For some white people, protests and the death of George Floyd launched a new wave of allyship. But for many Black people, this recognition is long overdue. And it can be taxing to discuss a still-lived experience with those learning about racism for the first time.
For author Damon Young, these conditions created even more of a particular type of uncomfortable conversation. Young calls it SCAR, short for Serious Conversation About Racism. It’s when white people will try talk with him, about race, in the middle of a grocery store aisle or even during a colonoscopy.
While Young describes this moment in American history as “the greatest sociopolitical uprising since the 1960s,” he says it’s time to retire the SCAR, unless you’re willing to pay him.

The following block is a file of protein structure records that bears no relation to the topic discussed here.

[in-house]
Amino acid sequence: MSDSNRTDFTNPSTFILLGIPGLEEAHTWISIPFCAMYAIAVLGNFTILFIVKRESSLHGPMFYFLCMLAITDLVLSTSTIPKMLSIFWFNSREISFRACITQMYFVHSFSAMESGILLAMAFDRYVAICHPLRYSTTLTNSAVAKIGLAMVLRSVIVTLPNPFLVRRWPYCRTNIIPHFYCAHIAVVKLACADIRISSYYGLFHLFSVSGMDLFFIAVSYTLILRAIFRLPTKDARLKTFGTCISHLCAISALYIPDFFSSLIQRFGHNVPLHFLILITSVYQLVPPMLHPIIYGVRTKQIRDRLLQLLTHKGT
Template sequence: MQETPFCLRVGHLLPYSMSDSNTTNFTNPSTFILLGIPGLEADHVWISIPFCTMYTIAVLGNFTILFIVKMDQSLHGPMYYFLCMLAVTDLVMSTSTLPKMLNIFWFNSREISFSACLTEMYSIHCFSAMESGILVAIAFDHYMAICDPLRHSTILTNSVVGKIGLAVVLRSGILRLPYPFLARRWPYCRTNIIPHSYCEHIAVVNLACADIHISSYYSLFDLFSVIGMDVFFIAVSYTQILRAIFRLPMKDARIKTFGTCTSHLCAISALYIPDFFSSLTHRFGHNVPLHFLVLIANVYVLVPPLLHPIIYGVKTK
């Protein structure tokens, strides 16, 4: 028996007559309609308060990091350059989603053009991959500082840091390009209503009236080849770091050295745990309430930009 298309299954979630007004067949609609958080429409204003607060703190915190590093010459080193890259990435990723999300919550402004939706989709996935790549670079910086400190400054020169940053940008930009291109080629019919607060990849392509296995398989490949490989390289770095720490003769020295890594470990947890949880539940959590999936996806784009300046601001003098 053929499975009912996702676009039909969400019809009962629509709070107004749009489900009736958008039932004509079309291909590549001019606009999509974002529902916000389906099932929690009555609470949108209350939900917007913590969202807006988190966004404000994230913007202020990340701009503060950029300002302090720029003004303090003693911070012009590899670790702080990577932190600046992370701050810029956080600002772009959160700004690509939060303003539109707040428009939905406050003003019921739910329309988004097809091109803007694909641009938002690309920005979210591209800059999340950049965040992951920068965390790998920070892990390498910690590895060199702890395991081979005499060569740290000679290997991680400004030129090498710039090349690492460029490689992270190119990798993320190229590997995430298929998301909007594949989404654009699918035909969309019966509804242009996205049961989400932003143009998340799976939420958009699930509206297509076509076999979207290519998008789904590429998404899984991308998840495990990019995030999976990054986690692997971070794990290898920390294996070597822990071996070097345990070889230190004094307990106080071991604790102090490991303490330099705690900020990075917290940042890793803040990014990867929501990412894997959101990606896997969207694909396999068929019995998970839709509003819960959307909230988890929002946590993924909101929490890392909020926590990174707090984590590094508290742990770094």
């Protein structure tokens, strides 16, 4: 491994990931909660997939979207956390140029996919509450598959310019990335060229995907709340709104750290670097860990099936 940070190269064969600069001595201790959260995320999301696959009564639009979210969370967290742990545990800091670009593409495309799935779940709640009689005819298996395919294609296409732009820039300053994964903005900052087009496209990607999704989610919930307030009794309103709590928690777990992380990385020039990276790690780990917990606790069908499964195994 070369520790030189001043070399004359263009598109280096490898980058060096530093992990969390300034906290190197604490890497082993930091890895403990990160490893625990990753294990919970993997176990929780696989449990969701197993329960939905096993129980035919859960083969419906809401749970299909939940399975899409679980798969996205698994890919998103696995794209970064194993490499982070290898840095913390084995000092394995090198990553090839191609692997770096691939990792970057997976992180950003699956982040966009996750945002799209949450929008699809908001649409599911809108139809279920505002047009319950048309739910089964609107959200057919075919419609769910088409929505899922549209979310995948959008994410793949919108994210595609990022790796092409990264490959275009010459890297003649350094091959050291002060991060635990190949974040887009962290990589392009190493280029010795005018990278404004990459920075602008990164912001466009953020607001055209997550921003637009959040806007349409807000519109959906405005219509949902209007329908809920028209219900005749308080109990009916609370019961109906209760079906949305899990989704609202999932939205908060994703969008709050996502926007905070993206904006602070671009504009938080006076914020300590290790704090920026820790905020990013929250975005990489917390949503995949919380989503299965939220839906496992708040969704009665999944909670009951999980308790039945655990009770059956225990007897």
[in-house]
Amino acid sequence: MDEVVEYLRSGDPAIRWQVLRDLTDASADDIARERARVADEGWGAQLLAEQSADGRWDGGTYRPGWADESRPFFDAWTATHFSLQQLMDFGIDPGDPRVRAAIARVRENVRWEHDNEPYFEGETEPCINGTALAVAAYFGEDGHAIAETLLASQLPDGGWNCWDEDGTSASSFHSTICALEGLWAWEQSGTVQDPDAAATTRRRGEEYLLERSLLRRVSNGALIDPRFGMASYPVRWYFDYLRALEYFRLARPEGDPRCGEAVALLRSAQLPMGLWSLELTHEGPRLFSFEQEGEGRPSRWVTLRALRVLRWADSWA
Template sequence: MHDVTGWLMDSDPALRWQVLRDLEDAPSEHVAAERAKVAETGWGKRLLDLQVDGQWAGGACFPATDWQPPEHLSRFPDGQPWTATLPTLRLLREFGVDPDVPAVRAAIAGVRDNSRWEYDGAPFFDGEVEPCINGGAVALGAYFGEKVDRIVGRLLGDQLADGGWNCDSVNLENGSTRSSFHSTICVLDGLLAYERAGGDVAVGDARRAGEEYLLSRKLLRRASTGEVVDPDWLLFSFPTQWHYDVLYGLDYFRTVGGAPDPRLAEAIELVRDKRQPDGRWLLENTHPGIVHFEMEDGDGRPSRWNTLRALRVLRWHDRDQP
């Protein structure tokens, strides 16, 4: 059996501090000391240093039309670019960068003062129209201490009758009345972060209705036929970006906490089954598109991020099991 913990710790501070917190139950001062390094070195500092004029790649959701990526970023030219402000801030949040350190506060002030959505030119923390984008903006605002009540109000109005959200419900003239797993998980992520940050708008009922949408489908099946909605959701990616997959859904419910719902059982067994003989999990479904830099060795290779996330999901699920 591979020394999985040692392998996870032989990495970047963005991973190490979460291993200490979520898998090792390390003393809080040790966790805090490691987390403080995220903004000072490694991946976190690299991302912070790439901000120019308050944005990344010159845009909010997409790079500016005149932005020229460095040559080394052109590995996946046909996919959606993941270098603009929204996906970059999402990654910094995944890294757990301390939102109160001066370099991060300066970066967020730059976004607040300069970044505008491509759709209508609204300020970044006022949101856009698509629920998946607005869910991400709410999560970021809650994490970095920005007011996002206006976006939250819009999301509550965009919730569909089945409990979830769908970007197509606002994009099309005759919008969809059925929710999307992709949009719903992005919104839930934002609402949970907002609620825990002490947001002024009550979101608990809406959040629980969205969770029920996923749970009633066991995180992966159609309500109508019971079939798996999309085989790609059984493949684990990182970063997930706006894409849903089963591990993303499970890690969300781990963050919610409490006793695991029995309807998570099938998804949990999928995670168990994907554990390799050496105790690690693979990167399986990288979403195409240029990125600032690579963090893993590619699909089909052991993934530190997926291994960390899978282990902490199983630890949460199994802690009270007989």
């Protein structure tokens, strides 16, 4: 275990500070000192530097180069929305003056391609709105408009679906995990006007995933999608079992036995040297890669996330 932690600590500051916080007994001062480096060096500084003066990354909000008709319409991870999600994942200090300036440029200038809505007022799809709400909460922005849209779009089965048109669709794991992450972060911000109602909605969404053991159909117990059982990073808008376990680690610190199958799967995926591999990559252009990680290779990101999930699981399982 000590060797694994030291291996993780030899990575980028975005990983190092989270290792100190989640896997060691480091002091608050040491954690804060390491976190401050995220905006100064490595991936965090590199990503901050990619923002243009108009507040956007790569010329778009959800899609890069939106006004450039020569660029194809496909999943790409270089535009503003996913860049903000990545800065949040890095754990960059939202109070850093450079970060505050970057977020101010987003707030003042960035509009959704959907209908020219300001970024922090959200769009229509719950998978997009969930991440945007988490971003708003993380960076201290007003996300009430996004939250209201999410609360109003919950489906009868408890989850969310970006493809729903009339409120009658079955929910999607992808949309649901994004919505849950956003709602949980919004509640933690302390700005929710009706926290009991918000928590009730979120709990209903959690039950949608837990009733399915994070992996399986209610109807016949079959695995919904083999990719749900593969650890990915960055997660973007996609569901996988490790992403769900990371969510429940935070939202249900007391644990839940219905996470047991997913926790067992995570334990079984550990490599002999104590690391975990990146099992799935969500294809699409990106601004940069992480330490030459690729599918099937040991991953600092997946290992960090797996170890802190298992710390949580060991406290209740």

Here’s what he wrote about SCARing for The New York Times.
The white people who do this don’t realize (or maybe just don’t give a damn) that we’re on different timelines. You learned yesterday what white privilege means? Great! Welcome to 1962. This, however, doesn’t mean I need to engage you about it today. Or tomorrow. Or ever. And most important, maybe I’m out walking, shopping or playing with my children, or out just, I don’t know, staring at a fire hydrant because I want to give myself a break from writing about, from speaking about, from thinking about and from raging about racism, and you’re asking me to work for you for free. And that’s what it is: work. Free labor. An absolution device for your conscience, provided by me, shipped for free. There’s nothing inherently valuable for me out of that exchange. I don’t have a bucket list. But if I did, a 17-minute conversation about lynching, while in line for ice cream, wouldn’t be on it.
We talk with him about that and more.